Most of Michigan, like most of the Midwest, is relatively flat, except for parts of the Upper Peninsula. In the northwest corner of the Upper Peninsula near Wisconsin is 60,000 acres of forest covered mountains that make up the Porcupine Mountains Wilderness State Park. The Porcupine Mountains Wilderness State Park is the largest state park in Michigan. Wilderness is an accurate description for this majestic place along the shores of Lake Superior. The state park is home to 35,000 acres of old growth forests. If you were to drive from Detroit to the Porcupine Mountains, it would take you over nine and a half hours to drive the nearly 600 miles, assuming you can avoid the ever-present road construction and traffic. The state park is about as far away as you can go in Michigan without leaving the state. I didn’t make the drive there straight, I was on a tour of Michigan, so that day I only had to drive a little over three hours from Munising. Going home however, I drove it straight. Interestingly, part of the Porcupine Mountains Wilderness Park is in the Central time zone, while most of the rest of Michigan is in the Eastern time zone. The average elevation in the park is about 1,400 feet above sea level with Summit Peak reaching 1,952 feet above sea level. By comparison, Detroit and Grand Rapids are about 650 feet above sea level. If you didn’t already know, all five of the Great Lakes are above sea level.
Back to the mountains, one of the most popular locations in the park is the Lake of the Clouds Scenic Area. It is probably the most photographed and Instagrammed location in the park. Driving west on Highway 107 from Silver City, I began the climb up the hill through the woods with views of Lake Superior peaking through the trees. Once you reach the top, there is a paved walkway and boardwalk system to reach the overlook. Down below in the valley is the namesake, Lake of the Clouds surrounded by mountains. On the other side of the mountains is Lake Superior. In the valley you can also see one of the many trails at one end of the lake. Porcupine Mountains Wilderness State Park is home to nearly 90 miles of trails. I was only at the park for one day, but if I had explored the trails, I am sure I would have found many natural treasures along the way.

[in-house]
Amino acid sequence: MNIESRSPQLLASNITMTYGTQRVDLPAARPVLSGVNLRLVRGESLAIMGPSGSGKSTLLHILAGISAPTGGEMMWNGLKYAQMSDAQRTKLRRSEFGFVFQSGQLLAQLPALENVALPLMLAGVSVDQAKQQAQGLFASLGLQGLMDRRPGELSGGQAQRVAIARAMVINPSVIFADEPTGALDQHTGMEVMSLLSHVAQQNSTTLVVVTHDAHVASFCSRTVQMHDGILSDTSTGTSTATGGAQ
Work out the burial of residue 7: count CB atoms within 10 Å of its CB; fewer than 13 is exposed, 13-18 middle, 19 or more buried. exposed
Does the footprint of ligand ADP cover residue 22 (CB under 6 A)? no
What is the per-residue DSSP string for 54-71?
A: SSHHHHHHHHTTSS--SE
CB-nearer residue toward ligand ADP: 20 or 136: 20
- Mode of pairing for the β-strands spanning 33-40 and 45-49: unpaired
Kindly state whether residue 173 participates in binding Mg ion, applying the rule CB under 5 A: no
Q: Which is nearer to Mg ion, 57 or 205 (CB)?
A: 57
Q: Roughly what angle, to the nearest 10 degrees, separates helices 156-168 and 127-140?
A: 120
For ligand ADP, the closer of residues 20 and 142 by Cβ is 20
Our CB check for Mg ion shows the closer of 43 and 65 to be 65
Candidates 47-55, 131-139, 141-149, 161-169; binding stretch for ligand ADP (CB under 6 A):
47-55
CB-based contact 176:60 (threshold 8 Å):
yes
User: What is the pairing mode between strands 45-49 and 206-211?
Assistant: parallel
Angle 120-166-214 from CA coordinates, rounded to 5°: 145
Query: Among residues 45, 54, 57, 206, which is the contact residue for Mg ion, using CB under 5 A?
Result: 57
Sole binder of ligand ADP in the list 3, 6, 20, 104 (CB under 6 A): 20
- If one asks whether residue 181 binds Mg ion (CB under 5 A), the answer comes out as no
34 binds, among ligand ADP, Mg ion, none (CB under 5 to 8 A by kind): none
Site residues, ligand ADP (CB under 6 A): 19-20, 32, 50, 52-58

Next stop in the park was the Summit Peak Trail. The parking lot is small and limited, so I wouldn’t recommend RVs or vehicles with trailers trying to park in this lot. From the trailhead, it is a half mile trek up hill and some stairs to reach the first observation platform. Looking out from the platform, it’s all forest and mountains as far as you can see in all directions. I visited in July, but I can imagine this would be a great place to see the fall colors in late September and early October. Continuing up some stairs from the observation platform about a quarter of a mile up, there is a 40-foot tower at the top of Summit Peak. Climb up the tower for untamed wilderness in all directions and Lake Superior in the distance. If you can make it up the trail and stairs, you won’t regret it.
The next stop in the park is the Presque Isle River Area. Here the Presque River cascades over the Nawadaha, Manido and Manabezho falls before flowing into Lake Superior. A short walk from the parking lot will get you to the east and west trails on each side of the river. A suspension bridge spans the Presque Isle River linking the two trails. These trails get you up close views of the falls and rock formations. The eons of water cascading over the rocks have carved out circular cut-outs in the slabs of rocks causing whirlpool-like action in the water. The Presque Isle River area is a good place to take in nature with the rushing waters and woods a plenty.
I stayed at the AmericInn in Silver City at the entrance to the state park. It is one of the few hotels near the park, It’s a very nice hotel, and is located on the shores of Lake Superior. That evening, I joined many of my fellow guests to sit on benches by the Lake, to watch the the incomparable sunset and enjoy the natural beauty of Lake Superior. When I was there in July 2021, there were several large wildfires out west and the high-level smoke made it to this corner of Michigan. As a result, sunset was very hazy, with a mix of smoke and clouds. This made for a gray-blue sunset with the sun disappearing from sight before it dropped below the horizon. This was not what I was expecting, I was expecting more deep blues and oranges. The sunset was beautiful over the still mirror-like Lake Superior. Sunset here occurred around 9:30 PM (Eastern Time) and it wasn’t dark until around 10:00 PM. The late sunset during the summer in Michigan is one of my favorite things.
If you are looking for a change of scenery and adventure, prepare for a long car ride across Michigan’s natural beauty of the Upper Peninsula and head to the Porcupine Mountains.
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